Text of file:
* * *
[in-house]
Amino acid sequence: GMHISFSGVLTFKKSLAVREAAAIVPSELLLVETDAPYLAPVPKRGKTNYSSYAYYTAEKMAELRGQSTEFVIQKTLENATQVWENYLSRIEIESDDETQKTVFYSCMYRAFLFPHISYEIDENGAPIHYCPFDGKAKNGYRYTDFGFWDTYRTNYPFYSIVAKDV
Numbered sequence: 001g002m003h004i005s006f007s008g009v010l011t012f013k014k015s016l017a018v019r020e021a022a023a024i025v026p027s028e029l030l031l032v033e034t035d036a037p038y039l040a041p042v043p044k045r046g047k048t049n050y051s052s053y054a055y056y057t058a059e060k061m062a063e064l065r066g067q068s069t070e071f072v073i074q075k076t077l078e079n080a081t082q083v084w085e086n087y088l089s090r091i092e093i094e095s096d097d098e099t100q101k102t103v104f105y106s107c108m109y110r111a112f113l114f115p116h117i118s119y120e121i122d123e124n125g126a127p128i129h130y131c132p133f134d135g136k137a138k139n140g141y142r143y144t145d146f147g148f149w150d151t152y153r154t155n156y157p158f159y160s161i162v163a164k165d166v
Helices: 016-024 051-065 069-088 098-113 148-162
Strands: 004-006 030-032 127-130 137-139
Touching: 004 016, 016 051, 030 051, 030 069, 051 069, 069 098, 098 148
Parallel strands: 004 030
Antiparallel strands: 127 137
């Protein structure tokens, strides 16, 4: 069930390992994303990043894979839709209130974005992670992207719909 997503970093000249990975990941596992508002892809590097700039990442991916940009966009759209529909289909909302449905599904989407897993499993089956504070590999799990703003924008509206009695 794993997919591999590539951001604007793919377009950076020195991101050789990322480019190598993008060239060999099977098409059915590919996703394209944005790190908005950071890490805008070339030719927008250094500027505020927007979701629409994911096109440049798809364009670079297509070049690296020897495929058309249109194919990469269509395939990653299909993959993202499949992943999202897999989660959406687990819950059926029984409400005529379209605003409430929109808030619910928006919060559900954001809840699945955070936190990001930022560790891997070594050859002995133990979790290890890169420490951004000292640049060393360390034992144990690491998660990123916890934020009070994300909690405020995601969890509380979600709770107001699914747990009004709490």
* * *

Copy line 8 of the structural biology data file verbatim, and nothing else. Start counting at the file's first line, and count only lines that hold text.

Antiparallel strands: 127 137